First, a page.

Radiographic and computed tomographic evaluation and gait analysis of Brazilian minipigs with syndactyly

Pedro L. T. Justolin Department of Veterinary Surgery and Anesthesiology, School of Veterinary Medicine and Animal Science, Universidade Estadual Paulista (UNESP), Botucatu 18618970, Brazil.

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Sheila C. Rahal Department of Veterinary Surgery and Anesthesiology, School of Veterinary Medicine and Animal Science, Universidade Estadual Paulista (UNESP), Botucatu 18618970, Brazil.

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Felipe S. Agostinho Department of Veterinary Surgery and Anesthesiology, School of Veterinary Medicine and Animal Science, Universidade Estadual Paulista (UNESP), Botucatu 18618970, Brazil.

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Maria J. Mamprim Department of Animal Reproduction and Veterinary Radiology, School of Veterinary Medicine and Animal Science, Universidade Estadual Paulista (UNESP), Botucatu 18618970, Brazil.

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Carlos R. Teixeira Department of Veterinary Surgery and Anesthesiology, School of Veterinary Medicine and Animal Science, Universidade Estadual Paulista (UNESP), Botucatu 18618970, Brazil.

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Danuta P. Doiche Department of Animal Reproduction and Veterinary Radiology, School of Veterinary Medicine and Animal Science, Universidade Estadual Paulista (UNESP), Botucatu 18618970, Brazil.

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Vivian R. Babicsak Department of Animal Reproduction and Veterinary Radiology, School of Veterinary Medicine and Animal Science, Universidade Estadual Paulista (UNESP), Botucatu 18618970, Brazil.

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Abstract

OBJECTIVE To characterize a population of Brazilian minipigs with naturally occurring syndactyly by use of plain radiographs and CT images and to evaluate kinetic and temporospatial variables by use of a pressure-sensing walkway.

ANIMALS 10 Brazilian minipigs from 6 to 8 months of age (group 1, 5 healthy pigs [body weight, 10.5 to 18.5 kg]; group 2, 5 pigs with syndactyly [body weight, 7.5 to 18.0 kg]).

PROCEDURES Forelimbs and hind limbs of all pigs were assessed by use of radiography and CT. Gait was analyzed by use of a pressure-sensing walkway.

RESULTS All limbs of all pigs of group 2 had syndactyly. Two forelimbs had complex-1 syndactyly, and 8 forelimbs had complex-2 syndactyly. Four hind limbs had simple syndactyly, 1 hind limb had complex-1 syndactyly, and 5 hind limbs had complex-2 syndactyly. Kinetic and temporospatial values and symmetry indices did not differ between groups. Plantar and palmar surfaces of healthy pigs had 2 areas of maximum pressure, whereas plantar and palmar surfaces of pigs with syndactyly had only 1 area of maximum pressure.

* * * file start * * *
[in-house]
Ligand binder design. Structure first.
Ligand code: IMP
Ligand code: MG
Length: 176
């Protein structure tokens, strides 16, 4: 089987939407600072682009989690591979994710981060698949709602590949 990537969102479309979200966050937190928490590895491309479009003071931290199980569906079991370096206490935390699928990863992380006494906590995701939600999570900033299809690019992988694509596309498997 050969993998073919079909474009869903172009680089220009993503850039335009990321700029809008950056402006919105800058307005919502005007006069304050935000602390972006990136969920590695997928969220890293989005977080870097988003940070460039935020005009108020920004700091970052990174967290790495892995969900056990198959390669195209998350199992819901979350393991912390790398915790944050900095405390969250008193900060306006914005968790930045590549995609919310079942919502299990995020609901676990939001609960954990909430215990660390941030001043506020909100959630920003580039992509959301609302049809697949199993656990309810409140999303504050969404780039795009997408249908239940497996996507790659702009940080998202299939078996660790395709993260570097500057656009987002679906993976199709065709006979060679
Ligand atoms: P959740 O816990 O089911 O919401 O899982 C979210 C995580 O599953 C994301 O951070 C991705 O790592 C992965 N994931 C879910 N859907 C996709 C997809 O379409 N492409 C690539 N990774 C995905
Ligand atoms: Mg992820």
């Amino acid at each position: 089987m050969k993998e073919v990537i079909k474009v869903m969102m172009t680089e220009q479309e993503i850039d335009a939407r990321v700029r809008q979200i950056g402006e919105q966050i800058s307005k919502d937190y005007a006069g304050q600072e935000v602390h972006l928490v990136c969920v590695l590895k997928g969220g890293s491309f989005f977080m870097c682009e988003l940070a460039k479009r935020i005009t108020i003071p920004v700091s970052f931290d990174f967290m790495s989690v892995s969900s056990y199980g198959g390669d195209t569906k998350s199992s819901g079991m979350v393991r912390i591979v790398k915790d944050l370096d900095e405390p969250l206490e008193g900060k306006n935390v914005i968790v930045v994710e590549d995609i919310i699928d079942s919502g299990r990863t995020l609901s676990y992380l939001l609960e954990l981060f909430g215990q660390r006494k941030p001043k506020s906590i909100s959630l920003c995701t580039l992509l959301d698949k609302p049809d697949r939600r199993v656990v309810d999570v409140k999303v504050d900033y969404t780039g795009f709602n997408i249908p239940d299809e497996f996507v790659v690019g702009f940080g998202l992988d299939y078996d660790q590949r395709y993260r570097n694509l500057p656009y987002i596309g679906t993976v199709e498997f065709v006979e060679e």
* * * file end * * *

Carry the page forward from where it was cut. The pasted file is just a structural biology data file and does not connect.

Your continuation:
CONCLUSIONS AND CLINICAL RELEVANCE In this population of pigs, the most common type of syndactyly was complex-2, and comparison with the healthy group revealed no alteration in kinetic and temporospatial variables. Therefore, results suggested that syndactyly in young minipigs did not cause locomotor disturbances.

Abstract

OBJECTIVE To characterize a population of Brazilian minipigs with naturally occurring syndactyly by use of plain radiographs and CT images and to evaluate kinetic and temporospatial variables by use of a pressure-sensing walkway.

ANIMALS 10 Brazilian minipigs from 6 to 8 months of age (group 1, 5 healthy pigs [body weight, 10.5 to 18.5 kg]; group 2, 5 pigs with syndactyly [body weight, 7.5 to 18.0 kg]).

PROCEDURES Forelimbs and hind limbs of all pigs were assessed by use of radiography and CT. Gait was analyzed by use of a pressure-sensing walkway.

RESULTS All limbs of all pigs of group 2 had syndactyly. Two forelimbs had complex-1 syndactyly, and 8 forelimbs had complex-2 syndactyly. Four hind limbs had simple syndactyly, 1 hind limb had complex-1 syndactyly, and 5 hind limbs had complex-2 syndactyly. Kinetic and temporospatial values and symmetry indices did not differ between groups. Plantar and palmar surfaces of healthy pigs had 2 areas of maximum pressure, whereas plantar and palmar surfaces of pigs with syndactyly had only 1 area of maximum pressure.

CONCLUSIONS AND CLINICAL RELEVANCE In this population of pigs, the most common type of syndactyly was complex-2, and comparison with the healthy group revealed no alteration in kinetic and temporospatial variables. Therefore, results suggested that syndactyly in young minipigs did not cause locomotor disturbances.

Contributor Notes

Address correspondence to Dr. Rahal (sheilacr@fmvz.unesp.br).
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